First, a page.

Several tools are listed in the introduction with the understanding that the fully engaged reader will be commencing a long-term practice that will need to be documented (journaling). One strength of the introduction is the clear admission by the author that she only mentions deities with whom she has a personal relationship. This brings a sense of intimacy to the work and a potential deeper connection between the reader and the text. The reader as participant is not alone as they are in a journey with Woodfield and the various exercises that she presents throughout each subsection.
Within Part One: Devotee, Woodfield first points out the basic difference by definition between a devotee versus being a dedicant or a priest. Again, her comparison of devotion to friendship with fewer restrictions versus priesthood with its own deeper intimacy similar to marriage fits image-wise for those who might see the terms devotee, dedicant, and priest as overlapping in some way. This chapter draws upon the reader concept of deity, especially for those who have entered Paganism from monotheism. Woodfield does an excellent job of threading this question through a number of varying traditions. Highlights at the end of each chapter include exercises that allow the reader to delve even deeper into the formation of a full relationship with deity.
The most magnificent part of Part One occurs in Chapter Three: Prayer. Woodfield looks at various types of prayer, and draws different types to establish the common pattern found in prayer:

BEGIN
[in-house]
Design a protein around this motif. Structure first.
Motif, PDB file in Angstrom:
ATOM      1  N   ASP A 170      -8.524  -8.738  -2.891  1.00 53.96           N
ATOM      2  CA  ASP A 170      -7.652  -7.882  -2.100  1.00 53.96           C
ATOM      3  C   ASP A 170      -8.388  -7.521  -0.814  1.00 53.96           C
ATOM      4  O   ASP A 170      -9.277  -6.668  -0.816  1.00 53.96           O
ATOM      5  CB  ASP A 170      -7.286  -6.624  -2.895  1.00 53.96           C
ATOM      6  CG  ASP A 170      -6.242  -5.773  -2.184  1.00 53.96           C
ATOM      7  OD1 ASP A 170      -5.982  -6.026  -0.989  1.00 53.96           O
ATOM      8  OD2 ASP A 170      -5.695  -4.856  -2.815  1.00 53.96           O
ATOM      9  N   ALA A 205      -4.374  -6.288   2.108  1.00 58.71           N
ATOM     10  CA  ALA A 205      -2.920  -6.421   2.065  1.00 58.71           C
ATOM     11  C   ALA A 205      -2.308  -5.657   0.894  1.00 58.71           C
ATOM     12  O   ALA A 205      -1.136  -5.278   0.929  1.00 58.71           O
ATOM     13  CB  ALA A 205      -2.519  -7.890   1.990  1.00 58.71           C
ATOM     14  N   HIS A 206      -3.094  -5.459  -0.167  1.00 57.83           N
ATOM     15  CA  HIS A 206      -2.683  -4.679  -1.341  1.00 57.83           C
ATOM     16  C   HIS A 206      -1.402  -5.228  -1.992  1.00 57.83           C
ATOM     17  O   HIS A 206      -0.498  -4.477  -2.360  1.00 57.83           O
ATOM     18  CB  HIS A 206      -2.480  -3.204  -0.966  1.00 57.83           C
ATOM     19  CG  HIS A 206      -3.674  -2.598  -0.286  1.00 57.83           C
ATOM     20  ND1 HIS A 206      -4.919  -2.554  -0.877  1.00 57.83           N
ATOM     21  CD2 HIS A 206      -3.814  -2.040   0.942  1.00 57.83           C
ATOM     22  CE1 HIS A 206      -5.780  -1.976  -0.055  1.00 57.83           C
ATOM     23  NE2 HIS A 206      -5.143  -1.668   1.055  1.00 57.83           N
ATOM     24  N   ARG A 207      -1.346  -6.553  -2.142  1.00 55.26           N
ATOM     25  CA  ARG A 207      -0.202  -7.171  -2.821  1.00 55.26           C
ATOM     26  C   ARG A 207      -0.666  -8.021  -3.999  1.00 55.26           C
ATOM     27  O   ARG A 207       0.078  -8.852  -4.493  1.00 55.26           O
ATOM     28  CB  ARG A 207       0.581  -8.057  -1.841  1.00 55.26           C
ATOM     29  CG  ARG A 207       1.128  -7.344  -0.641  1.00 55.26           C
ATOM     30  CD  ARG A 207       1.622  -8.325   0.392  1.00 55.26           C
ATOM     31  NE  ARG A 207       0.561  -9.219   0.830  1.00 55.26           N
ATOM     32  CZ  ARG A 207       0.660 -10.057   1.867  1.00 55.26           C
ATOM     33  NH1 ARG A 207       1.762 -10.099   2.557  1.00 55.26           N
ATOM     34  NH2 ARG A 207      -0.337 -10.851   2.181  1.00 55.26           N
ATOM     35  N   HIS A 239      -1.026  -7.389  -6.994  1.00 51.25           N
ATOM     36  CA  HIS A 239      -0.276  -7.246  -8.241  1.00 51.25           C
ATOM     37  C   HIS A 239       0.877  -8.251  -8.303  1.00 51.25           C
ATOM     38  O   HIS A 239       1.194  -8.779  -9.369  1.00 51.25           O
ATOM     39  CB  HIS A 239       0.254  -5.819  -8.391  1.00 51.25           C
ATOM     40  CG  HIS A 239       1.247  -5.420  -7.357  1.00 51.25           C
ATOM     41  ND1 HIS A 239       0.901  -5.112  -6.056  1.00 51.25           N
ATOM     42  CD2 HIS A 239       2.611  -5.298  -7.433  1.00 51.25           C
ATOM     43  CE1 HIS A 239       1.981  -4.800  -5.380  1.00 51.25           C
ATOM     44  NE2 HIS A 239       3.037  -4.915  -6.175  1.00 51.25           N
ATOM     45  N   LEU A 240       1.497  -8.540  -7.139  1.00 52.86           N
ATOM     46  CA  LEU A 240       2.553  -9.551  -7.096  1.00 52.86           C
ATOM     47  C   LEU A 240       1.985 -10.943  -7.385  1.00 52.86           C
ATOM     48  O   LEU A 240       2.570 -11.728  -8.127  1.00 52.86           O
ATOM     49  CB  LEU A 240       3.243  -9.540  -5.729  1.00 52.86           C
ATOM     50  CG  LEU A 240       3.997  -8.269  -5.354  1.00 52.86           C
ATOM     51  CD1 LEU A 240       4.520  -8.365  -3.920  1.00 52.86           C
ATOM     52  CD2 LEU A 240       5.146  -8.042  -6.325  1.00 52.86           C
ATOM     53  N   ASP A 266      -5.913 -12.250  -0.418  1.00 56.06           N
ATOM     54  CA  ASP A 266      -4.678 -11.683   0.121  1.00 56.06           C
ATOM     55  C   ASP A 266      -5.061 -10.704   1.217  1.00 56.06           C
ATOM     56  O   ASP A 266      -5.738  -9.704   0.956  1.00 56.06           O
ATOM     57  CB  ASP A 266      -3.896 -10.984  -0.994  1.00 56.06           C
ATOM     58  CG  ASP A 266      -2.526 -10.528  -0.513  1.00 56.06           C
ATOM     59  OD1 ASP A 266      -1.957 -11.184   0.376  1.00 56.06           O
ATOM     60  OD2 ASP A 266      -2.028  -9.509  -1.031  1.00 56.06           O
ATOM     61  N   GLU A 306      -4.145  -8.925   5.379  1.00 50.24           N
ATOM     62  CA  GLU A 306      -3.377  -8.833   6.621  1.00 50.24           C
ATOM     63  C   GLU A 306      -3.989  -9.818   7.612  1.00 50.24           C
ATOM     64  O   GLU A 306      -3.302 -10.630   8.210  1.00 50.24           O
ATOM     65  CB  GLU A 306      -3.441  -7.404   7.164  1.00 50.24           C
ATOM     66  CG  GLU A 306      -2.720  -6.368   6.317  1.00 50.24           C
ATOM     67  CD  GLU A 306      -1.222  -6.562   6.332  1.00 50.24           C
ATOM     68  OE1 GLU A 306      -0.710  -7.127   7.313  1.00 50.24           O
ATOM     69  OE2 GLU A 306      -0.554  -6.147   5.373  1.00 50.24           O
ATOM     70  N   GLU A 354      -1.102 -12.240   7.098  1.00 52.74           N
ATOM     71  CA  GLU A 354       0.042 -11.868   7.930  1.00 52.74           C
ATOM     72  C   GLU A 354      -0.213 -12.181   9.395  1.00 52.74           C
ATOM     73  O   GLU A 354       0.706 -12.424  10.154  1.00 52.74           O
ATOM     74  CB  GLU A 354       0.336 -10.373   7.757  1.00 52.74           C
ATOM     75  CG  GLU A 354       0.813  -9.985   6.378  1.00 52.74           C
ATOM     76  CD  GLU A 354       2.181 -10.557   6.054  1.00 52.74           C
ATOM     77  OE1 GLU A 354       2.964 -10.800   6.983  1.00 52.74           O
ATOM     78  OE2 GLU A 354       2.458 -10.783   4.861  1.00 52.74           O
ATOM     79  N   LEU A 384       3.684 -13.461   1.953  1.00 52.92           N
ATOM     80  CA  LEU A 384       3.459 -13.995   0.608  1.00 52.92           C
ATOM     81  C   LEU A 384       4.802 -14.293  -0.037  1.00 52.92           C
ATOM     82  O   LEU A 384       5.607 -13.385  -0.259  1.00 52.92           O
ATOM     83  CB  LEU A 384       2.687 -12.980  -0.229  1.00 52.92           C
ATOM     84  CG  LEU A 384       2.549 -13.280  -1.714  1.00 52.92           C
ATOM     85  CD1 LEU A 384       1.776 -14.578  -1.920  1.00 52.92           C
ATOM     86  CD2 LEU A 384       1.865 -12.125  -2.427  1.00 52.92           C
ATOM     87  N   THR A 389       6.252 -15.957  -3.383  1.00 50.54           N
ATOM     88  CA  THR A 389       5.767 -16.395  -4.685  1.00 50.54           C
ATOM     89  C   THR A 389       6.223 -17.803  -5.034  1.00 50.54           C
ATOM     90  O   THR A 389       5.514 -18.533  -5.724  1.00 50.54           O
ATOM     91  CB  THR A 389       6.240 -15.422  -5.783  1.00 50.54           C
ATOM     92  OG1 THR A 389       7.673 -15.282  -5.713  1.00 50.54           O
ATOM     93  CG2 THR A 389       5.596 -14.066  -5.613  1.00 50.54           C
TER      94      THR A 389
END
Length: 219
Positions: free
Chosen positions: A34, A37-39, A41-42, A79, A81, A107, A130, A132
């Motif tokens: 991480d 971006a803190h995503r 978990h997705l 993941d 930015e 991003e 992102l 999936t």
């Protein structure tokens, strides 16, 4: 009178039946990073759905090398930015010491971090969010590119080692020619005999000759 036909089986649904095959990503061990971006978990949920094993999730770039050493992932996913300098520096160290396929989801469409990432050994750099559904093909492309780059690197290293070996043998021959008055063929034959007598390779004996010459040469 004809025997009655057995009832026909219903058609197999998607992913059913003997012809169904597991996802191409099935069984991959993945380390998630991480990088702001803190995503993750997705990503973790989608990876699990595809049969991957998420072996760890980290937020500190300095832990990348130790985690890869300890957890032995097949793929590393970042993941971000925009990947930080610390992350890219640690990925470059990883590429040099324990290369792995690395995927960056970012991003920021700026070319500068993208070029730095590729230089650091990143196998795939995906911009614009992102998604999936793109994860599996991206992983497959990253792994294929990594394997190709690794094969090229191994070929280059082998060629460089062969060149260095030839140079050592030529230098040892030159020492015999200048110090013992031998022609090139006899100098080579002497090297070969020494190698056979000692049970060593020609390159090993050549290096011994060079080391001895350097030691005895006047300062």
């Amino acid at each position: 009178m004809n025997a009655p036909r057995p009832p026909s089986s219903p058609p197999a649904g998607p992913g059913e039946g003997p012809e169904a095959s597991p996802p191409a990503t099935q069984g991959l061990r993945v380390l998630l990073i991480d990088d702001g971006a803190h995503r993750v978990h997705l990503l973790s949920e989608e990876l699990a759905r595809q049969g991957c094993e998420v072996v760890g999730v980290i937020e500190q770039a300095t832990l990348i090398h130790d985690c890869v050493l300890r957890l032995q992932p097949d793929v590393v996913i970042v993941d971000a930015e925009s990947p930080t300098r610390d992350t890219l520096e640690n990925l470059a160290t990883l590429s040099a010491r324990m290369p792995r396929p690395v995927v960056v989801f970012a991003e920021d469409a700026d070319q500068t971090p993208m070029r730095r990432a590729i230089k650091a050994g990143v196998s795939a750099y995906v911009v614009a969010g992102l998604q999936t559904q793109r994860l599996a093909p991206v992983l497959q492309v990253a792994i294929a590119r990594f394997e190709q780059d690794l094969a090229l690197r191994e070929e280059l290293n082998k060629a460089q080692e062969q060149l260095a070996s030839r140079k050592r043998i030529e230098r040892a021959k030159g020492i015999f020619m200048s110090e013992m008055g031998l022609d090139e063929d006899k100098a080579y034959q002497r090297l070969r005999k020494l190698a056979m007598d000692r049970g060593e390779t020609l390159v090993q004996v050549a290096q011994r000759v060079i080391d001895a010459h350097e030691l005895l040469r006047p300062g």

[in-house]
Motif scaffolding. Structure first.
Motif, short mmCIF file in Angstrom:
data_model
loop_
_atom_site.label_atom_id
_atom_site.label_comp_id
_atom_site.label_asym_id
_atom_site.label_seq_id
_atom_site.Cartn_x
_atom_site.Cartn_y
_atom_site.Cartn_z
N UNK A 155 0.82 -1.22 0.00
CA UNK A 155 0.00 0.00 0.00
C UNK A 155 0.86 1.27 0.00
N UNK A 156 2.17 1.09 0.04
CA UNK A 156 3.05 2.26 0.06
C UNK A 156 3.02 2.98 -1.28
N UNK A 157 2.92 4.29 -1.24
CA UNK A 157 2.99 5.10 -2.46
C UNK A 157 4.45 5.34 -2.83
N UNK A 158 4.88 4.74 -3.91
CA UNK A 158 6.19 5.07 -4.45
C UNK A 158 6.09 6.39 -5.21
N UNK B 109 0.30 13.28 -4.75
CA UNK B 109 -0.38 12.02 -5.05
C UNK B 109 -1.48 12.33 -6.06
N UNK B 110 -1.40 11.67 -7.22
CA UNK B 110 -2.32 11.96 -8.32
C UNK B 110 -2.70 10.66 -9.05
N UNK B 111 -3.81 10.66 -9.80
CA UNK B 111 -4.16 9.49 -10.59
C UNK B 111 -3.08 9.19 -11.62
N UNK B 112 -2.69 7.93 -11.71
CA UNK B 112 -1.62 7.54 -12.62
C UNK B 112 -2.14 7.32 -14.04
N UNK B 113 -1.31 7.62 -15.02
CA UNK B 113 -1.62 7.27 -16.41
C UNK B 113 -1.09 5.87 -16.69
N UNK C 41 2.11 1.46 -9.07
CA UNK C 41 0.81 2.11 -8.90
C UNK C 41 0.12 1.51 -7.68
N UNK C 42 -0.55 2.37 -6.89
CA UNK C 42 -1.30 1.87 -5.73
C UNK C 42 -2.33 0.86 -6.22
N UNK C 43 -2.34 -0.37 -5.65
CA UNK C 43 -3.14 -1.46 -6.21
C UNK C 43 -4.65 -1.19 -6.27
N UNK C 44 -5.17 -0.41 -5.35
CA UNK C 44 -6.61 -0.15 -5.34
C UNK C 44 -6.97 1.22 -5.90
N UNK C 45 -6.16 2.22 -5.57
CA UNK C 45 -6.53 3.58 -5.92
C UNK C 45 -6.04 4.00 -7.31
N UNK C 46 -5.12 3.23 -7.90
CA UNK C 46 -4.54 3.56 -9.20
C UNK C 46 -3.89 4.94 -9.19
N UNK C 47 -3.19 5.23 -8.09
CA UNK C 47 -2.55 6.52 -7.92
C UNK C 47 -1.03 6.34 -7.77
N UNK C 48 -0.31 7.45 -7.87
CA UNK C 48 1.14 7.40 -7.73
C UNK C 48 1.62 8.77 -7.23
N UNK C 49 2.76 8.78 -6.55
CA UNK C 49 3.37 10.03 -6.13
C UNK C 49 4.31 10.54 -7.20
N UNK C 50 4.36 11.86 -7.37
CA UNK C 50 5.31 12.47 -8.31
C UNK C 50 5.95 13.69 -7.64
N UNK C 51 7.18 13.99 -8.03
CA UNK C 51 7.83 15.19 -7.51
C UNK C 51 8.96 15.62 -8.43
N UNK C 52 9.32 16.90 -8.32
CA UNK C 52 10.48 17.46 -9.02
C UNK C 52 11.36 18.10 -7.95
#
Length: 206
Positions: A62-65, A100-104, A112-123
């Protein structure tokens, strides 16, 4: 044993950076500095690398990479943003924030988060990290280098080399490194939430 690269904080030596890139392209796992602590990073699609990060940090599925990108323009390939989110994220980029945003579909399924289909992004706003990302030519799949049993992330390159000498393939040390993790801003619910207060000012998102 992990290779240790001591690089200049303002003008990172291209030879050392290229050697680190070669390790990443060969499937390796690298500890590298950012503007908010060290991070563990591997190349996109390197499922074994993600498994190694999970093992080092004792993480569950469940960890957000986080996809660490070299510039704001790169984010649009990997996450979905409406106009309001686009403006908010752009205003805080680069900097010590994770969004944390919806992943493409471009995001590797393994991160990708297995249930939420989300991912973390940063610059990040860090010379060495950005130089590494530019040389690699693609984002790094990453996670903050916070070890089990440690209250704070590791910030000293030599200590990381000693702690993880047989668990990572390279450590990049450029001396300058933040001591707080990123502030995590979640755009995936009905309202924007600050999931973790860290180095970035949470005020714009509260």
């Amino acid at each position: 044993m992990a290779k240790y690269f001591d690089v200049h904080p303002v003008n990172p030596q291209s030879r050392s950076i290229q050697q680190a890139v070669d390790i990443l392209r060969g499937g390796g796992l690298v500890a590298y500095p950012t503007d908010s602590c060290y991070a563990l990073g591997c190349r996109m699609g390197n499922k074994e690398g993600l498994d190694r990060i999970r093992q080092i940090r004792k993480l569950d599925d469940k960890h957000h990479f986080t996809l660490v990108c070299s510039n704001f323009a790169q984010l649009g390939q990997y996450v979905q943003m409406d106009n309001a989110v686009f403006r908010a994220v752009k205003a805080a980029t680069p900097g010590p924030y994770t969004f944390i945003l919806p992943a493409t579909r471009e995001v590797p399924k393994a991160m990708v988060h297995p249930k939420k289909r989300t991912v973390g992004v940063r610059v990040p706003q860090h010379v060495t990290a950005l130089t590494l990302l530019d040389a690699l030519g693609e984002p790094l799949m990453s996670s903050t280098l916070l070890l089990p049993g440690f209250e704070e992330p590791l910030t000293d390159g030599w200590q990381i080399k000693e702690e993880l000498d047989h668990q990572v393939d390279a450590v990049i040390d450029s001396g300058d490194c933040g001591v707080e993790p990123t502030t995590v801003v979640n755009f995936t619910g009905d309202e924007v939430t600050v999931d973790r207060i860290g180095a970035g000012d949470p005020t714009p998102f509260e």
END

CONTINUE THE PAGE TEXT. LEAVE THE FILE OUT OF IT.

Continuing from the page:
The first part is basically dialing your area code. Step two is praising the being you are connecting to. Step three is to name any relationships or agreements between you and the gods. Step four would be naming the purpose for the prayer. (pp. 51-52)
This chapter alone is a practical addition for anyone seeing to develop a stronger relationship not only with deity in general, but with any tradition in particular, as Woodfield gives extended examples of various prayers that are broken down into the four parts listed at the start of the chapter. The order of the four parts are not as important as the overall prayer itself.
In the fourth chapter, “Offerings”, Woodfield carefully details the difference between appropriate offerings, what to do if you do not actually have something to offer, types of offerings, and examples to clarify what offerings can mean. The most useful part of this chapter addresses how to know if an offering is received by a deity, the use of timing in making or considering offerings, and what happens if you forget to make an offering. In short, this chapter, like much of the book, covers the questions that beginners might need to know, but don’t always know how to ask.
The chapter on “Unverified Personal Gnosis”, commonly called UPG, is a much needed addition to help the beginner. The exercises and creation of a ritual of devotion to a specific deity round out the chapter and usher the reader into the second section for the dedicant stage.